Handheld trading was launched at the CME (Chicago Mercantile Exchange) in 1999, and by January 2004, about 31,000 contracts per day were being traded wirelessly. That number increased to 120,000 contracts per day in February 2005, nearly 5 percent of the CME Globex volume. CME offers futures and options on futures primarily in four product areas: interest rates, stock indexes, foreign exchange and commodities.
"Our ability to introduce this upgraded options-trading functionality to our handhelds is an important step to increasing the electronic liquidity of options trading at CME," said James Krause, the exchanges CIO and managing director.
"On the futures side, we have established a successful track record of using our handhelds to merge trading between the electronic environment and our trading floors. For example, in the CME Eurodollar futures market, there are more than 200 handhelds in use helping to grow our electronic volume from 300,000 in January 2004 to more than 1.8 million in February 2005."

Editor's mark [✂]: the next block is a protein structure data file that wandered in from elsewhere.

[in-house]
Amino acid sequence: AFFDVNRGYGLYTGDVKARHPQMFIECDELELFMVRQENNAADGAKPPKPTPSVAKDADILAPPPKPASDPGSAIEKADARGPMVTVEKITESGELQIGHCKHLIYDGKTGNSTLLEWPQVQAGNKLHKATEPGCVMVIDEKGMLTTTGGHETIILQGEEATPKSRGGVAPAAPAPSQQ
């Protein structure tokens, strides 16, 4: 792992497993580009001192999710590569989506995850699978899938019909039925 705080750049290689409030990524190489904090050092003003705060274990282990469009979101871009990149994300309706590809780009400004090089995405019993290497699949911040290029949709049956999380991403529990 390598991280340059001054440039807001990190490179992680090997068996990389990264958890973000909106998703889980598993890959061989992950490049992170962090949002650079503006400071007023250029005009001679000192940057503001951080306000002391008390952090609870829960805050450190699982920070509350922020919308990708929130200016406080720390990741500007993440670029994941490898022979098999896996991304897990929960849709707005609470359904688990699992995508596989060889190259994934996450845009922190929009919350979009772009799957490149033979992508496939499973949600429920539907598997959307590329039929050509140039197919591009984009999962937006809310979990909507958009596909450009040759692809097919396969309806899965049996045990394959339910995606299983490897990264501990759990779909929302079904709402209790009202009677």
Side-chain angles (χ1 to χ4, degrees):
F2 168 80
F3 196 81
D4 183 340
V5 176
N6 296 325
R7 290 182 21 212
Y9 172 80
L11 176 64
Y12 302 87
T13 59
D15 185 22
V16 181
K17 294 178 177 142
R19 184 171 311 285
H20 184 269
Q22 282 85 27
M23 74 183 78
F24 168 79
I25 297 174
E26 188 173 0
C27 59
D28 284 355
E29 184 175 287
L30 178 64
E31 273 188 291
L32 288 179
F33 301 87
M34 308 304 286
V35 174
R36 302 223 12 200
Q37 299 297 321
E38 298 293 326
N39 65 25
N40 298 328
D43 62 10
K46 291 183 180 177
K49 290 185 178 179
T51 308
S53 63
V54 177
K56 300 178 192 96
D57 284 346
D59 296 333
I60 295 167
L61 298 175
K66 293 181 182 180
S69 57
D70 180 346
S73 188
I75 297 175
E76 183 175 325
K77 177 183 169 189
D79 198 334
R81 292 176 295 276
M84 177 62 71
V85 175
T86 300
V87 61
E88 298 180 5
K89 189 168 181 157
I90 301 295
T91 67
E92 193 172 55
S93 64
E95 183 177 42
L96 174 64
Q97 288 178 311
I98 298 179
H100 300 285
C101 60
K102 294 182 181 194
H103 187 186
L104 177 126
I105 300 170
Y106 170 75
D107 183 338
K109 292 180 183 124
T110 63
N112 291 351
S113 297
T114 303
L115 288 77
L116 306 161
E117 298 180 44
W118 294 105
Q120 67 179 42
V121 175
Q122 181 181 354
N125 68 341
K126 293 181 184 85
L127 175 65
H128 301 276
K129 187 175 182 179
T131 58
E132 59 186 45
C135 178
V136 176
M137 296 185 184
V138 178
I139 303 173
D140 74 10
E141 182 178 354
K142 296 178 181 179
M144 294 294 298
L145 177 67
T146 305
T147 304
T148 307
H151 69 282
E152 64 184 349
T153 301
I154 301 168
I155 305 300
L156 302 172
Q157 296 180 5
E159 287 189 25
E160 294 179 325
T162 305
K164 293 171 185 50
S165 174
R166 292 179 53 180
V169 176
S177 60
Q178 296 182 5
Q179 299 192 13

Pit trading, which does not take place on the automated system, accounts for an average of about 700,000 contracts per day. Trading of options is growing rapidly, and the CME is encouraging growth of the electronic portion.
"I dont think that were going to see a decrease in pit volume in options, but we plan to increase the electronic volume as a driver of overall growth," said Allan Schoenberg, associate director of corporate communications at the CME.
About 400 traders are using the CME Galax-C devices, which are customized iPaqs supplied by Hewlett-Packard Co., on the trading floor. Current futures traders will not be required to change the way they trade using the devices, but they will have the option to use some of the new functionality if desired.